Wednesday, 04 August 2021


Australia develops world-first 3D printed oesophageal stents

18 February 2021 | News

Fabricated from polyurethane filament and incorporating the chemotherapy drug, 3D printed stents deliver breakthrough treatment for oesophageal cancer

Photo Credit:  University of South Australia

Photo Credit: University of South Australia

World-first 3D printed oesophageal stents developed by the University of South Australia could revolutionize the delivery of chemotherapy drugs to provide more accurate, effective and personalized treatment for patients with oesophageal cancer.

Fabricated from polyurethane filament and incorporating the chemotherapy drug 5-fluorouracil (5-FU), the new oesophageal stents are the first to contain active pharmaceutical ingredients within their matrix. Their unique composition allows them to deliver up to 110 days of a sustained anti-cancer medication directly to the cancer site, restricting further tumour growth. Importantly, the capabilities of 3D printing enabling rapid creation of individually tailored stents with patient-specific geometries and drug dosages.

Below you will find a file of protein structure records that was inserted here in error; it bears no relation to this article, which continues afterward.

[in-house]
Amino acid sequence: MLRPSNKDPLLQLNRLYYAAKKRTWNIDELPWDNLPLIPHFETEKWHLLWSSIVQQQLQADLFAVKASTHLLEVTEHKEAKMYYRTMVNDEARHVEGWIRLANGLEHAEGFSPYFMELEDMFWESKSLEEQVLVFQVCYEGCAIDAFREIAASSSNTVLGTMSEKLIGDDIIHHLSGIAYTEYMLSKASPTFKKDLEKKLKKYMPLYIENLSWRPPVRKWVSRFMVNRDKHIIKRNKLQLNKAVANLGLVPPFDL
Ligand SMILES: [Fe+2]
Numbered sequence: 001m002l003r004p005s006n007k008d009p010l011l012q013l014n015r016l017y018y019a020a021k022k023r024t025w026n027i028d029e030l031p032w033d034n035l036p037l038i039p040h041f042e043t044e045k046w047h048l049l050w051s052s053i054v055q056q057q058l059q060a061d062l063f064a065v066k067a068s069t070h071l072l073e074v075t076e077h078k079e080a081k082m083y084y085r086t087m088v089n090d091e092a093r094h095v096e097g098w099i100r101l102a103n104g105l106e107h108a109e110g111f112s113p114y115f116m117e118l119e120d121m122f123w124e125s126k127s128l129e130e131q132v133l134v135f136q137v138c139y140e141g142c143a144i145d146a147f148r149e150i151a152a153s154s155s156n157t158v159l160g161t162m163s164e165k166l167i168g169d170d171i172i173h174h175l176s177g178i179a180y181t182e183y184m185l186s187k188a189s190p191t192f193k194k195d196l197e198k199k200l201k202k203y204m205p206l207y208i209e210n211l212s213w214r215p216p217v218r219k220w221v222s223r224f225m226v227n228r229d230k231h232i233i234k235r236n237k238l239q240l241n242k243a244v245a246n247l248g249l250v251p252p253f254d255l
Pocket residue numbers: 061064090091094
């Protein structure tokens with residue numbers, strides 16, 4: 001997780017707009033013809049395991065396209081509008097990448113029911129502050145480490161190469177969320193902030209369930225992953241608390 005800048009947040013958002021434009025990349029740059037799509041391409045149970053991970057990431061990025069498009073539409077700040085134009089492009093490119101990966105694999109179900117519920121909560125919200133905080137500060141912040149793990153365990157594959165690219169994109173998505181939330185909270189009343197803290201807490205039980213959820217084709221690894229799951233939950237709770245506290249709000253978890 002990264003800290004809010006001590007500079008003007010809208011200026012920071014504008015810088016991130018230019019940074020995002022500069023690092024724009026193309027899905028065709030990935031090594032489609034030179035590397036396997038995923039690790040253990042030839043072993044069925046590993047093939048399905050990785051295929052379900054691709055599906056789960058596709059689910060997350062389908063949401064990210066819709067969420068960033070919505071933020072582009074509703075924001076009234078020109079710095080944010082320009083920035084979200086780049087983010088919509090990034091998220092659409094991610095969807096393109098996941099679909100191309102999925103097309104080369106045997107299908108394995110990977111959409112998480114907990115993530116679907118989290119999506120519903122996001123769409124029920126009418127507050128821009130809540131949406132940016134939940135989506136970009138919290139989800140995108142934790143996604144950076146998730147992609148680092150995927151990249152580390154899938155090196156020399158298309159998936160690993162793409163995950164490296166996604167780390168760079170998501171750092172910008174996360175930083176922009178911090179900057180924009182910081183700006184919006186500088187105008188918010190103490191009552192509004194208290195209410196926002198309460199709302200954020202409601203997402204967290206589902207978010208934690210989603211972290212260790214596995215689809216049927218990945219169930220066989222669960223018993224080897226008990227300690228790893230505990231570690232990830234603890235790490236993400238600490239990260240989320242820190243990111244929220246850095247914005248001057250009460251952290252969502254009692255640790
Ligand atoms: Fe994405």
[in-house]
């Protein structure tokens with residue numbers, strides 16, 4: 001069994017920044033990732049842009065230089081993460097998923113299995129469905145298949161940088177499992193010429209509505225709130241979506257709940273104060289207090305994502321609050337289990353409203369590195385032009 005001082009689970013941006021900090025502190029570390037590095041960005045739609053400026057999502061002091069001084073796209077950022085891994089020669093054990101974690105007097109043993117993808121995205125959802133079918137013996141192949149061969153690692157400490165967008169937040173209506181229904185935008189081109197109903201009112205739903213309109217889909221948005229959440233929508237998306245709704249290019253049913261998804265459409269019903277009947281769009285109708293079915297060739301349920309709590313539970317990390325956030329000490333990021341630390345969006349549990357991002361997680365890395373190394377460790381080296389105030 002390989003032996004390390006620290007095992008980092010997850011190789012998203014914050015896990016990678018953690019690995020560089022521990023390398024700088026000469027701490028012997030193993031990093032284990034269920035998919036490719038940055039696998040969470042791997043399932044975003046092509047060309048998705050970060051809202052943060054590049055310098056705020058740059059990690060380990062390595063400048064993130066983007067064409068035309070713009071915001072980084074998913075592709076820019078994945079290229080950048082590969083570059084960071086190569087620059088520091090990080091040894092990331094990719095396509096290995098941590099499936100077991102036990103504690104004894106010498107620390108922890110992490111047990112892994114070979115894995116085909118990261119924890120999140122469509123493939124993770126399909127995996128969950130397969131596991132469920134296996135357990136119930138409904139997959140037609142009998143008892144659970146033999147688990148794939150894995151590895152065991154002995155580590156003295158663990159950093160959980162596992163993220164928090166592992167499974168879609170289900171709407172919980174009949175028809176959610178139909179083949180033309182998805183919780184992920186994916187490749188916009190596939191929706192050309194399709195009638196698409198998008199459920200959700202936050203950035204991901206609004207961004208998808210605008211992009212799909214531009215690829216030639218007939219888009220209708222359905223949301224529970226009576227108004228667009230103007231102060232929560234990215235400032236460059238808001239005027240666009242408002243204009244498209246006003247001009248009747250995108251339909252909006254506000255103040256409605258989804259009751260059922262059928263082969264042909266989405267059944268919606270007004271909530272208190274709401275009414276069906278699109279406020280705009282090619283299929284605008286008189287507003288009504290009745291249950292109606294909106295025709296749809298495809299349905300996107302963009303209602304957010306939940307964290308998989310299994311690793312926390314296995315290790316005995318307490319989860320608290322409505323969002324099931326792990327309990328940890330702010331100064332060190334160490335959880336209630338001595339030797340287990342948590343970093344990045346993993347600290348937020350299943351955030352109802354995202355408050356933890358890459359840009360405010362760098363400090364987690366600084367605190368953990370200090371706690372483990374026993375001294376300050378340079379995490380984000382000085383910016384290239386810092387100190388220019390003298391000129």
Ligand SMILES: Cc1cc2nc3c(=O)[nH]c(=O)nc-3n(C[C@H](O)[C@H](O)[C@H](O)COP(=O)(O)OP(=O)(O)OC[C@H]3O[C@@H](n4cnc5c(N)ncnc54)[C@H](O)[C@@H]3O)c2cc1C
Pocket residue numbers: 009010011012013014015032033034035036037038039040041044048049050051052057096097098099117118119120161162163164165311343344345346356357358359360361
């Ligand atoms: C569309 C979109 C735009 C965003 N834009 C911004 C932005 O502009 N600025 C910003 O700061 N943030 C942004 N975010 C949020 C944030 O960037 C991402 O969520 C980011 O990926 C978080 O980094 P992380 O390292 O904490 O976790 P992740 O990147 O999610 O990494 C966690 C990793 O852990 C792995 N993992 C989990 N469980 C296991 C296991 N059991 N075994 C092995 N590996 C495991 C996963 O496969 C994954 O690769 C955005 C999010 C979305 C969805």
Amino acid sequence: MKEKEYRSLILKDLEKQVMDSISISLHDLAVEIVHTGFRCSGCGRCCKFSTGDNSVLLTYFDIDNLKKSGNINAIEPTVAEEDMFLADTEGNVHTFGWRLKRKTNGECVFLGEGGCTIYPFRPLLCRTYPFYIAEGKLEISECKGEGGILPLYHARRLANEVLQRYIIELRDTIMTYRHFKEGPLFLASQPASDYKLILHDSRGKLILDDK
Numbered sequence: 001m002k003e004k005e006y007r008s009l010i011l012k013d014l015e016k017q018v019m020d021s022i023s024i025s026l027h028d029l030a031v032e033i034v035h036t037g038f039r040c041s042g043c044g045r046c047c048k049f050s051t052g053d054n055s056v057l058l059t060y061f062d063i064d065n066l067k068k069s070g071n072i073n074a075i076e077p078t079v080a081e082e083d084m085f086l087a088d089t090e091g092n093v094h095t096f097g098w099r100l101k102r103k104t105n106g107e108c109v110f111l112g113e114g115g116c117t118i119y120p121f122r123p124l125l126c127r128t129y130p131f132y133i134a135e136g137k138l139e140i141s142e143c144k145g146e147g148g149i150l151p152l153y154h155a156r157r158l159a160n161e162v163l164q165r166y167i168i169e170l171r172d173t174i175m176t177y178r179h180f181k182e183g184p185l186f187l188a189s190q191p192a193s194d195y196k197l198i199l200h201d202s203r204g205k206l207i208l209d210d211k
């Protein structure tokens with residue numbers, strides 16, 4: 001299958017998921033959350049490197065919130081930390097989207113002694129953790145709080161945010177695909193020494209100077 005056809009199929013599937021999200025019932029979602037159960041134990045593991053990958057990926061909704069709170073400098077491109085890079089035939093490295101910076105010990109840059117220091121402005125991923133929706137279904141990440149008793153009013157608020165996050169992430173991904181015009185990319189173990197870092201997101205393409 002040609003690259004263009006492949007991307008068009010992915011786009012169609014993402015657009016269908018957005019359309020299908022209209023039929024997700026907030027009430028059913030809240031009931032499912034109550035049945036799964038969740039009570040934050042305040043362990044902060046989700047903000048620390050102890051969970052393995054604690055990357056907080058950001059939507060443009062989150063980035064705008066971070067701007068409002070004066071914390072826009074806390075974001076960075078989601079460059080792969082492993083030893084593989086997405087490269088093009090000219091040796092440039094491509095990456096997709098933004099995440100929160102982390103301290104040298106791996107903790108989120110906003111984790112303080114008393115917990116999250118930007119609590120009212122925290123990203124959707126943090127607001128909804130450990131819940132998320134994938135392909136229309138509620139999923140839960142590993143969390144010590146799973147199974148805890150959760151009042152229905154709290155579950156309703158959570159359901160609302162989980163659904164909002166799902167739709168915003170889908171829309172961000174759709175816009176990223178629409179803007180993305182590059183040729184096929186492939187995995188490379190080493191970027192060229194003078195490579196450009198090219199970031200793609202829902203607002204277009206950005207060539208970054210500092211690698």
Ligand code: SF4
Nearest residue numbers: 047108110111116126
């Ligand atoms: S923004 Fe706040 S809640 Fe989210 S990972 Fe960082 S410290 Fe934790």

PhD scholar, UniSA’s Paris Fouladian, says the new oesophageal stents could be a gamechanger for treating oesophageal cancer.

“The most prominent symptom in Oesophageal cancer is dysphagia (difficulty swallowing food or drink) which is due to malignant cancer cells blocking the oesophagus. Blockages are commonly eased by an oesophageal stent – a small tube that is placed in the food pipe to keep it open – but these too can become obstructed by invading cancer cells. Our new drug-loaded oesophageal stents can help prevent further blockages by administering anti-cancer drugs directly to the tumour, limiting further growth while relieving the pressure of dysphagia,” says the scholar.

The new drug-loaded 3D printed oesophageal stents are stable to both UV and gamma sterilization processes. Senior researcher and Director of UniSA’s Pharmaceutical Innovation and Development GroupProfessor Sanjay Garg, says the new technology is a significant breakthrough in modern drug delivery.

“3D printing processes that combine medicines and medical devices are on the precipice of changing the way we deliver medicines. We’re now exploring the potential of 3D printing to design precise and individualized drug delivery systems,” Prof Garg says. 

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